It’s some of the best golfing in the world, and I was very successful there, Rhy.” Player won the Australian Open a record seven times so it’s no wonder he has a love of the land Down Under.
Gary Player knows a good swing when he sees one. A 9-time major champion including the career Grand Slam (winning all 4 major championships); Gary is the only professional golfer to win the senior career Grand Slam as well. He recorded 168 professional wins all over the world with a bulk of those victories coming in 27 consecutive years.
Mr. Player’s love of fitness and nutrition has been a life choice, so to speak. He’s well known for his clean eating and won’t touch refined sugars or carbs. He recalls he was known as the “nut” when he first talked about healthy eating and started using weights back in his training sessions 65 years ago. “Honestly, they ridiculed me.” He recollects. “Even now some media presenters are talking a whole lot of hogwash about weight training. In my opinion Tiger played his best golf when he was fit and lifting weights.
Rory and Dustin are also working hard in the gym. However, working hard in the gym is only one portion of staying healthy, you need to eat properly. If you don’t work out in the gym or eat properly you can still beat these guys but you won’t last – you won’t have longevity in the game. I will give you a good example – Jack Nicklaus won major championships for 25 years, I won for 20 years and Arnold Palmer for only 6 years. Arnold was strong, a very strong man. But Arnold liked his cigarettes -he liked his drinking and he ate like crap and that had an effect on him and his life as he got older. The conversation then shifts to Player opining that it’s difficult to get people to eat properly. He believes most people eat well, but need to start eating properly and there stands the vast difference. Properly versus well. We as a society need to educate our children on the benefits of eating right, cut out the fast food and really eat right. Here’s a scary thought” he adds “A hundred million Americans will have diabetes in 40 years time”.
We shared our thoughts on the roll that corporate America and the broader global community needs to play to make any significant changes to the way we produce food, and the additives they add to either expedite production times or add to shelf life.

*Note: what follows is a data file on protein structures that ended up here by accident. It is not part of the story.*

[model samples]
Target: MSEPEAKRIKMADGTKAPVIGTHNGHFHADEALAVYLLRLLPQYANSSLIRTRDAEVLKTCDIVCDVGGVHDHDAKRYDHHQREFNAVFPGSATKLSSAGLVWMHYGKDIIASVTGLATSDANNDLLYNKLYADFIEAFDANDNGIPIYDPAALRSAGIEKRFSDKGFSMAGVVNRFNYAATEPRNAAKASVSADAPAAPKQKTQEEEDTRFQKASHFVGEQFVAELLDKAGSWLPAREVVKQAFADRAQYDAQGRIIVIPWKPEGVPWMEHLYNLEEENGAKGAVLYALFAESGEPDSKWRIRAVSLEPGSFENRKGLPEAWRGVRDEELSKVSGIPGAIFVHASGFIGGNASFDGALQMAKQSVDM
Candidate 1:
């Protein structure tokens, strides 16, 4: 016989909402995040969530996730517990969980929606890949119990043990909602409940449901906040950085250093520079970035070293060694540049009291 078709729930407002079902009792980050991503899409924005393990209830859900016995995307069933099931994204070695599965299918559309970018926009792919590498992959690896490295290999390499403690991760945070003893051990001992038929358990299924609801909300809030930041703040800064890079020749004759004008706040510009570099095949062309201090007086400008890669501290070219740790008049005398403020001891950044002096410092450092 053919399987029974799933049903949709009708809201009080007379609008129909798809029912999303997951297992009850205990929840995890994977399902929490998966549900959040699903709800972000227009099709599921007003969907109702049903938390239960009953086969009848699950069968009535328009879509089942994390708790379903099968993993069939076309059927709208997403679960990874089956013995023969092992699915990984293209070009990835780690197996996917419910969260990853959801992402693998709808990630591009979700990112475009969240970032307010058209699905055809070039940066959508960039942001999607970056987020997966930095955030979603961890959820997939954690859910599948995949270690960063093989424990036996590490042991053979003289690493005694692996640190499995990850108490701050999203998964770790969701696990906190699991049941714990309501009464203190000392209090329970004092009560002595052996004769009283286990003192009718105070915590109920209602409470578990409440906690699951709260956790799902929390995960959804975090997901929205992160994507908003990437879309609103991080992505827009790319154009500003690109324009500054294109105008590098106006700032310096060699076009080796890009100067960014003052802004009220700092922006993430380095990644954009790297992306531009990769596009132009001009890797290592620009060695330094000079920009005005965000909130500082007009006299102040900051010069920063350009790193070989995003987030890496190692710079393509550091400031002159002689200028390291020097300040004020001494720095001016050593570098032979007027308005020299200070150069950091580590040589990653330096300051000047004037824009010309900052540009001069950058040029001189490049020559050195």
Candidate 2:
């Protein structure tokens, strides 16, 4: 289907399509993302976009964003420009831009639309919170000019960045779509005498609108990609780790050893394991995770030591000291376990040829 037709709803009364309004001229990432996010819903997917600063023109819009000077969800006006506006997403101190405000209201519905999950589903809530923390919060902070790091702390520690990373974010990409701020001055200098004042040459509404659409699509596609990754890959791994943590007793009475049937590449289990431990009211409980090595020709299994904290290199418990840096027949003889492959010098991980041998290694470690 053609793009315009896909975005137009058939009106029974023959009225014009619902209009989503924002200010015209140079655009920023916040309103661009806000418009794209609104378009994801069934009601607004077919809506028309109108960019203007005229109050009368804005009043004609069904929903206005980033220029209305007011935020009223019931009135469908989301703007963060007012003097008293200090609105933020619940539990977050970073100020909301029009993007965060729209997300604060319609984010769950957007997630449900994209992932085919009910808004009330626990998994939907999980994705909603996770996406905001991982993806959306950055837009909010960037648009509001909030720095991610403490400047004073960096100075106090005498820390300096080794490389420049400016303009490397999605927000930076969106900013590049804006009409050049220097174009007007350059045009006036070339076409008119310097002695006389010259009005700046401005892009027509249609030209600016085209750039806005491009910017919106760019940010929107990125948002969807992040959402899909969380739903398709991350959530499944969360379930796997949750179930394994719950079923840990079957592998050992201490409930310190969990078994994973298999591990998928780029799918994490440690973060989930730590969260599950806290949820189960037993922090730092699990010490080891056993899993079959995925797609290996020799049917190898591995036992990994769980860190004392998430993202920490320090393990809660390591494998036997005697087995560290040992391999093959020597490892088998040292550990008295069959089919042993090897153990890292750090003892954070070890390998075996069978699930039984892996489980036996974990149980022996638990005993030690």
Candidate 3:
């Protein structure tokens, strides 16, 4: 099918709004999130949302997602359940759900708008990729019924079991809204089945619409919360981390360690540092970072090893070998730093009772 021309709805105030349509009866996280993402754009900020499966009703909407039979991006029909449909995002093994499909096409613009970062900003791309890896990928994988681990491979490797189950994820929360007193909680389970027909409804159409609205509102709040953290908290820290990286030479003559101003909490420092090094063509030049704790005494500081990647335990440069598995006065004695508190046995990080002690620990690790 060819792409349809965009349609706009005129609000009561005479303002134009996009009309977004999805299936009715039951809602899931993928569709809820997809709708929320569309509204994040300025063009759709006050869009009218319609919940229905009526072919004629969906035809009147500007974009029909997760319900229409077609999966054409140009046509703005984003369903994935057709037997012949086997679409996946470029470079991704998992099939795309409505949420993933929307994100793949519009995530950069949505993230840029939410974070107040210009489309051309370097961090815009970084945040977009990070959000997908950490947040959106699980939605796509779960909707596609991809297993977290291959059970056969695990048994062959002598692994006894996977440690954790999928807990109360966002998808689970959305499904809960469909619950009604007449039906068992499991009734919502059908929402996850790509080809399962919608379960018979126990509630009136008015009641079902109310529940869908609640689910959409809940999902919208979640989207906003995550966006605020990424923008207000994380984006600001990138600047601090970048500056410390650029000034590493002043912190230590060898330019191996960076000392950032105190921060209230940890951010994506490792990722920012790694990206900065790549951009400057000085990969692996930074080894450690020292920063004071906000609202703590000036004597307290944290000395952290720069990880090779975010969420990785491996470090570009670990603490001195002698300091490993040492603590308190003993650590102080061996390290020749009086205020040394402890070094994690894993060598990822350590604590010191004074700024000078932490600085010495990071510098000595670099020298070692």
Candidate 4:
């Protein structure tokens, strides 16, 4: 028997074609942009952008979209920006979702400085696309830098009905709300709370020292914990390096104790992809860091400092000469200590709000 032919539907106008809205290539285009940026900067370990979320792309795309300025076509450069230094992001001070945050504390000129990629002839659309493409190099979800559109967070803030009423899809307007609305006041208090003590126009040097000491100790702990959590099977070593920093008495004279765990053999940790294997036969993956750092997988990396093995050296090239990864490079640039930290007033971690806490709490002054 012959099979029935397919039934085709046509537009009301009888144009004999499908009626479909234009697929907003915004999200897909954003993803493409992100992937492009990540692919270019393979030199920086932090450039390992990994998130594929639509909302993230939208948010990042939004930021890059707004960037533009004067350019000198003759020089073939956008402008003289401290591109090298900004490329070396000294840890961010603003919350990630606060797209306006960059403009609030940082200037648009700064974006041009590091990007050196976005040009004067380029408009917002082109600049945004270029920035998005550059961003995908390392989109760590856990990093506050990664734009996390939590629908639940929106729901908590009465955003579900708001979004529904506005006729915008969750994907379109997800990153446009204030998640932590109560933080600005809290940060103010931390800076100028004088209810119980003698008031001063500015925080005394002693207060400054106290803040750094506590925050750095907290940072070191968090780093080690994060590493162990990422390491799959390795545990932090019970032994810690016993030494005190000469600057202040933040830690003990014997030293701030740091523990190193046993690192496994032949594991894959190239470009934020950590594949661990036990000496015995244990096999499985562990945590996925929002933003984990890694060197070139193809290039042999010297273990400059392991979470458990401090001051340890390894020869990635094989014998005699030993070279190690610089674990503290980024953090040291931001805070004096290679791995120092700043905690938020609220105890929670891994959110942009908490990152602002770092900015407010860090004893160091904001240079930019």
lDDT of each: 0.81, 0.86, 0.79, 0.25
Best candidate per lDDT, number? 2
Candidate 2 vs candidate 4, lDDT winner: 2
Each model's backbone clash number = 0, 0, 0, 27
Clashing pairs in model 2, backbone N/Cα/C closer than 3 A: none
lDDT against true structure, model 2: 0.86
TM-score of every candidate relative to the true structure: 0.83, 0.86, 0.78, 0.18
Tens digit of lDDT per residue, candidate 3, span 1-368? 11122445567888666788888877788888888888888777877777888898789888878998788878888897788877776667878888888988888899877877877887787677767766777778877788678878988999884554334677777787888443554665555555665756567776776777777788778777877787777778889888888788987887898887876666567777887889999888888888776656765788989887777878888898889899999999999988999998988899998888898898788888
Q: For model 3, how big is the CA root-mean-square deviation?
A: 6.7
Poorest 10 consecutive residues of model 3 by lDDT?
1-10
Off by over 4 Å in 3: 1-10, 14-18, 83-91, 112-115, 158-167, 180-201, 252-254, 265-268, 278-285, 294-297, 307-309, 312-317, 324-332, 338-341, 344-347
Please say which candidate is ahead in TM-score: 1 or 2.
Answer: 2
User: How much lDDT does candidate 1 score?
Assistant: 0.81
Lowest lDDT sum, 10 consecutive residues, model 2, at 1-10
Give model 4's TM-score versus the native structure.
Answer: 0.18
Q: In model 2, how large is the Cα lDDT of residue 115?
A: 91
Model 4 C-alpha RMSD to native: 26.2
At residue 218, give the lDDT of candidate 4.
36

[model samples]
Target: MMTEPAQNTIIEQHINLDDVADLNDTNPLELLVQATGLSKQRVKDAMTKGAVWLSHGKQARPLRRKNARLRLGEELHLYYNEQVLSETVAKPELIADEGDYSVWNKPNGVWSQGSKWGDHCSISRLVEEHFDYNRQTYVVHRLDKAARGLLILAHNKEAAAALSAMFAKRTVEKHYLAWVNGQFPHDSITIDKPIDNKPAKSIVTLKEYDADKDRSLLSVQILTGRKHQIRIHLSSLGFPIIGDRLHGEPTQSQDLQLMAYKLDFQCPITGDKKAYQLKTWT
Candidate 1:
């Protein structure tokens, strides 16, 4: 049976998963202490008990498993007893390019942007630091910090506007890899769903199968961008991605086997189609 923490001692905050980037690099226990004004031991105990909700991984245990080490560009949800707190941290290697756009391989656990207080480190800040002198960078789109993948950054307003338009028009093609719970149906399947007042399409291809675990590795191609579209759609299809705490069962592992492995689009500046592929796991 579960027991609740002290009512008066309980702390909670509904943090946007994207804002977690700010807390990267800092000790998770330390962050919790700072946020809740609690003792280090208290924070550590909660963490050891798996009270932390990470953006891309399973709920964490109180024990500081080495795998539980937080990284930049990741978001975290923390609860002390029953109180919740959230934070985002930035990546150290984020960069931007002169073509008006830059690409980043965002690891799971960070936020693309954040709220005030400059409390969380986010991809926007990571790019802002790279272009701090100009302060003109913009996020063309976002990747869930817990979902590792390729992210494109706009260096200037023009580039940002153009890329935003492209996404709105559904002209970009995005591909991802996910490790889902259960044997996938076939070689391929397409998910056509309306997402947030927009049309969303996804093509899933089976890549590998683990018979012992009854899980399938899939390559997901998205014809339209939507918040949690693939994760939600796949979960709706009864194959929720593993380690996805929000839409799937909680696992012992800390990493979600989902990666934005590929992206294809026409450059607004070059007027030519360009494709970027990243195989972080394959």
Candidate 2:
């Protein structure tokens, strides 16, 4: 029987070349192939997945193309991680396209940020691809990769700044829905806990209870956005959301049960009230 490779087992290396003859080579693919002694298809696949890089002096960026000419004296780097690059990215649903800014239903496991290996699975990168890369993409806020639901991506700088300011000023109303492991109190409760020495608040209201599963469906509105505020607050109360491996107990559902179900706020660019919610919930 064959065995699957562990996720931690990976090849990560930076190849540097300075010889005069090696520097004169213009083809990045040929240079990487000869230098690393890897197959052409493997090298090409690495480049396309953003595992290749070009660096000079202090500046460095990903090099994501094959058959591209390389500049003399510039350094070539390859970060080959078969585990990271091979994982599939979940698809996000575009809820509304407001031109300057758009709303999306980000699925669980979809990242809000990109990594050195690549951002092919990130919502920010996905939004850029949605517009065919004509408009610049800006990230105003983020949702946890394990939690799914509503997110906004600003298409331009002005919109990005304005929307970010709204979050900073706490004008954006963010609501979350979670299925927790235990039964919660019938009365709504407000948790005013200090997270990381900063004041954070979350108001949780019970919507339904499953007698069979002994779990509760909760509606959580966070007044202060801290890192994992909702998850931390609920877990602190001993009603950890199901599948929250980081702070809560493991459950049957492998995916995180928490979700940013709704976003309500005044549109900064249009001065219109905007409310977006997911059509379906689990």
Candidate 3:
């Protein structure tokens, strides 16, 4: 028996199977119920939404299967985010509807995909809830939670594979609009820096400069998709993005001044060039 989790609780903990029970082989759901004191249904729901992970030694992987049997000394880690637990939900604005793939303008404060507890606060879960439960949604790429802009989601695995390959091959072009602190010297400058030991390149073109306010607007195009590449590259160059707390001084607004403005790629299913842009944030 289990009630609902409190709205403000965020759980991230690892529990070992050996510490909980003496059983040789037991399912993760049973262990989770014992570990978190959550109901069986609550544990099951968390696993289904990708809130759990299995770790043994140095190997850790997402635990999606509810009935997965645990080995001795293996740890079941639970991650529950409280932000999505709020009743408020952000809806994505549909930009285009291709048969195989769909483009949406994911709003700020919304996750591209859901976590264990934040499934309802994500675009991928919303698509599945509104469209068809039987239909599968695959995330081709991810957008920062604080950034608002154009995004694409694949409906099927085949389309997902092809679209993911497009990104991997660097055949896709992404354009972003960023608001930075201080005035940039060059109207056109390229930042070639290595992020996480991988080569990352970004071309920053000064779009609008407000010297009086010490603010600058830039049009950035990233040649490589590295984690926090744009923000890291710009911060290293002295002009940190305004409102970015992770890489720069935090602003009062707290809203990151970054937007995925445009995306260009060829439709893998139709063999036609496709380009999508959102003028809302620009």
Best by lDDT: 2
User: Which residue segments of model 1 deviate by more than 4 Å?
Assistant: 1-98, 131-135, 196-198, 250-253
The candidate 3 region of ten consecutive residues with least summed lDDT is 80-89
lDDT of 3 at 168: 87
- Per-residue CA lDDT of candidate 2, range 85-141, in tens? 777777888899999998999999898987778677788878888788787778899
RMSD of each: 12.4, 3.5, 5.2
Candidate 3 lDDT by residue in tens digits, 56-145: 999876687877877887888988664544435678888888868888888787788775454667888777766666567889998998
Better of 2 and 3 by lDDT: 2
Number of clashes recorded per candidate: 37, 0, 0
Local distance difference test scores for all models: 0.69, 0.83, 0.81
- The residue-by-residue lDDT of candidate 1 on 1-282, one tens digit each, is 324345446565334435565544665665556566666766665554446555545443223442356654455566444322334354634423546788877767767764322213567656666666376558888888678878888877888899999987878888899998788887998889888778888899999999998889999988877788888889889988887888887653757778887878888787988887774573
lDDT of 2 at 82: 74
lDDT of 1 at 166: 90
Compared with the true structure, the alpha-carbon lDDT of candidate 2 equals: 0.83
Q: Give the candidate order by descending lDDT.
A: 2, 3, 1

The corporate focus is, and has been on the potential profits opposed to the quality of the product that we are feeding to our children. The “young are almost preyed upon with advertising campaigns” he follows, “and there’s got to be change that is led by the government to make some of these changes so we lead healthy lifestyles.” We agree that although it comes down to the individual making a choice and following through with it, global food corporations need to take responsibility for the problems we are facing. According to Center for Disease Control, more than one-third US adults have obesity. Player then proceeds to tell me “The best advice I was given was in India by a very great professor. He was in his nineties, though he looked like he was fifty. His advice was, you must have a very intelligent breakfast and you must have a very intelligent lunch. It was really fascinating the way he said ‘intelligent’. Meaning a good balanced breakfast and lunch and then he said, no dinner. But sometimes you have to go out for dinner, so you just have a little bit of salad or a little bit of fruit. Don’t have bread – particularly white buns. I go to these luncheons and they put these white buns on the table – I wouldn’t give them to my dog! I would rather eat the napkin! I see people eating 2 or 3 of these things and they wonder why they are overweight and getting sick! Rhy I’m 82, I still have plenty of energy, I still beat my age by at least 10 shots. I’m still working out like a 30-year-old, traveling and working all over the world.”